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Bear Hunting, Prospect Rock

Winslow Homer American

Not on view

Bear Hunting, Prospect Rock reveals Homer’s abiding interest in the guides, trappers, and other woodsmen of the Adirondacks. These mountains, among the largest and wildest in the eastern United States, emerged as a popular destination after the Civil War. Between 1889 and 1910, the artist visited the region at least twenty times, often accompanied by his brother Charles, creating more than one hundred paintings. In this work, Homer focuses on two hunters who cautiously—perhaps expectantly—peer across a stretch of exposed rock. The armed man in front has his finger on the gun’s trigger, indicating his readiness to shoot in what is otherwise an uncertain encounter.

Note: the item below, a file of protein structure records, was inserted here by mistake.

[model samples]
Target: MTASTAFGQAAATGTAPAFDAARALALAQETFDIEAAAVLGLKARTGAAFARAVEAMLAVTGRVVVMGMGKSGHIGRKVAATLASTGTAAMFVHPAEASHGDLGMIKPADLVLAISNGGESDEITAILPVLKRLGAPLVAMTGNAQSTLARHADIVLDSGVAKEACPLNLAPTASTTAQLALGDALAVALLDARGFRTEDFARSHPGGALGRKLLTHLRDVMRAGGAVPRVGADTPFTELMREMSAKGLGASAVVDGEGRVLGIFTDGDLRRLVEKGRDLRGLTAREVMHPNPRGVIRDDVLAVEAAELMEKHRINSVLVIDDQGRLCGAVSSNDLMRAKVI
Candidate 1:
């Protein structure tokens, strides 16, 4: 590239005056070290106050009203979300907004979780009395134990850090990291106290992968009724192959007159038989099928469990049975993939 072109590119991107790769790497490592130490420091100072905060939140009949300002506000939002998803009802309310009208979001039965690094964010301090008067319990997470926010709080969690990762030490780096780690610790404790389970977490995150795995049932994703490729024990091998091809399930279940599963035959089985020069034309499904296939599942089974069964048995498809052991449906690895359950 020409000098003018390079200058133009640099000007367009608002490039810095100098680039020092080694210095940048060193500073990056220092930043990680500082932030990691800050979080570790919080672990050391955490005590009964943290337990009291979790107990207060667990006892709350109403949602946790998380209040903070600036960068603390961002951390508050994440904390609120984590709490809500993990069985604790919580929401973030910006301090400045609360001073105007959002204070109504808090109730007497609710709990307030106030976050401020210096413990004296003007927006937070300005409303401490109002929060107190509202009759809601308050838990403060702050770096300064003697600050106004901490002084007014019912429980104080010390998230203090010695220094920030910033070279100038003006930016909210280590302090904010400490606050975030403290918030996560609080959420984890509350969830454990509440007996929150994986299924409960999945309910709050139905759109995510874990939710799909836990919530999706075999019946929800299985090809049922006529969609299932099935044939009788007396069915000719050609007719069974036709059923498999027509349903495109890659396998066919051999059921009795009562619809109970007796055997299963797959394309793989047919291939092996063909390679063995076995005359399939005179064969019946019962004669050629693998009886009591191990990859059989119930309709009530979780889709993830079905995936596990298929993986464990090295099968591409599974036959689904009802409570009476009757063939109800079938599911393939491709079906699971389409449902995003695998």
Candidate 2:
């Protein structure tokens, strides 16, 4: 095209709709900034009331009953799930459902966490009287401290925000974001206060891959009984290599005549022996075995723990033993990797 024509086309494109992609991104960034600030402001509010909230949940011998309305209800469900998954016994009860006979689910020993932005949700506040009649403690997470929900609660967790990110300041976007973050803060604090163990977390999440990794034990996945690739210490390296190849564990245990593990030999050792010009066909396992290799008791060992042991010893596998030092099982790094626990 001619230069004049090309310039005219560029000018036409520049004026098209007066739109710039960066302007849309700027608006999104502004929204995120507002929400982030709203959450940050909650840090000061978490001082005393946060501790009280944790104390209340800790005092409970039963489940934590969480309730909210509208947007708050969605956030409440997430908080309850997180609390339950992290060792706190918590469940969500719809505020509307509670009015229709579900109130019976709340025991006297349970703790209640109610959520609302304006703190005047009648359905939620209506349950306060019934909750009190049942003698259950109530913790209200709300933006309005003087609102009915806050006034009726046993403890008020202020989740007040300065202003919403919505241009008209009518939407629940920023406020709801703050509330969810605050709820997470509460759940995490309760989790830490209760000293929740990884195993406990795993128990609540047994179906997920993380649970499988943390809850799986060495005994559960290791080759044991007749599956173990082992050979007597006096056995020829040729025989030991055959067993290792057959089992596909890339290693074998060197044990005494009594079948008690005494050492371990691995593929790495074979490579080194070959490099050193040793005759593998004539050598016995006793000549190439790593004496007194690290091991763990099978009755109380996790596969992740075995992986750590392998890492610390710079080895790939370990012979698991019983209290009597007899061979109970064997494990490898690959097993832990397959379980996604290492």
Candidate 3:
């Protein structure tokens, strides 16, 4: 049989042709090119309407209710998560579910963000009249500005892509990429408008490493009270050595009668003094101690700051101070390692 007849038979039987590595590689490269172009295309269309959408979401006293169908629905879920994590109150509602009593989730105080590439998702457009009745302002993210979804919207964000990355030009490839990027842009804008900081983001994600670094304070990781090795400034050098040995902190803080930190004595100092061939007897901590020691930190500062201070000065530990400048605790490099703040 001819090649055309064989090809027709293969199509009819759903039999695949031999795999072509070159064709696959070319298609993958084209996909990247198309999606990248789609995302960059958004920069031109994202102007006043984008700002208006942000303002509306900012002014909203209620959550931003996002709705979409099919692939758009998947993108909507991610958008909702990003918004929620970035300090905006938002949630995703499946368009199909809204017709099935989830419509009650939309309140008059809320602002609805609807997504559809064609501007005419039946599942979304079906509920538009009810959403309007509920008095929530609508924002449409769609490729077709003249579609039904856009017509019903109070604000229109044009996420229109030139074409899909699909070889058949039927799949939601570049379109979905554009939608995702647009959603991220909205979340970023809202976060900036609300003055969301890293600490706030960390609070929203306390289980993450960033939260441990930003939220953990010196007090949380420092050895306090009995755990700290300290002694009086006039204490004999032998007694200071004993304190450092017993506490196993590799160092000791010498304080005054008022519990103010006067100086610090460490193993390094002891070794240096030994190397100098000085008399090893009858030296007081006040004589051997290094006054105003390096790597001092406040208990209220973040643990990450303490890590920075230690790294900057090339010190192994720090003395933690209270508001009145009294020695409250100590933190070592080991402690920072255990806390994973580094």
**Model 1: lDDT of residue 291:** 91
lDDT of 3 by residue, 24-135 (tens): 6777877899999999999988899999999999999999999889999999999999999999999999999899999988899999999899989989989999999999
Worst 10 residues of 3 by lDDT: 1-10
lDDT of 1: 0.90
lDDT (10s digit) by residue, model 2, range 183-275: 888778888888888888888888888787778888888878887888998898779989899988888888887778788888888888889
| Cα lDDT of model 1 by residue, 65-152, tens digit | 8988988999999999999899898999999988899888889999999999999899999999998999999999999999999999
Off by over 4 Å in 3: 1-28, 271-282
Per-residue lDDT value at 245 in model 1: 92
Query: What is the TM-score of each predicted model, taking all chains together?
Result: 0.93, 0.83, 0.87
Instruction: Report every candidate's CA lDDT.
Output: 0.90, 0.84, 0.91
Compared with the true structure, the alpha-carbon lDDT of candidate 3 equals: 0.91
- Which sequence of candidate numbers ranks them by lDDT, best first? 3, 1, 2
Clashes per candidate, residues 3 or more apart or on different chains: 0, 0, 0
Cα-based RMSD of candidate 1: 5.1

Bear Hunting, Prospect Rock, Winslow Homer (American, Boston, Massachusetts 1836–1910 Prouts Neck, Maine), Watercolor and graphite on paper, American

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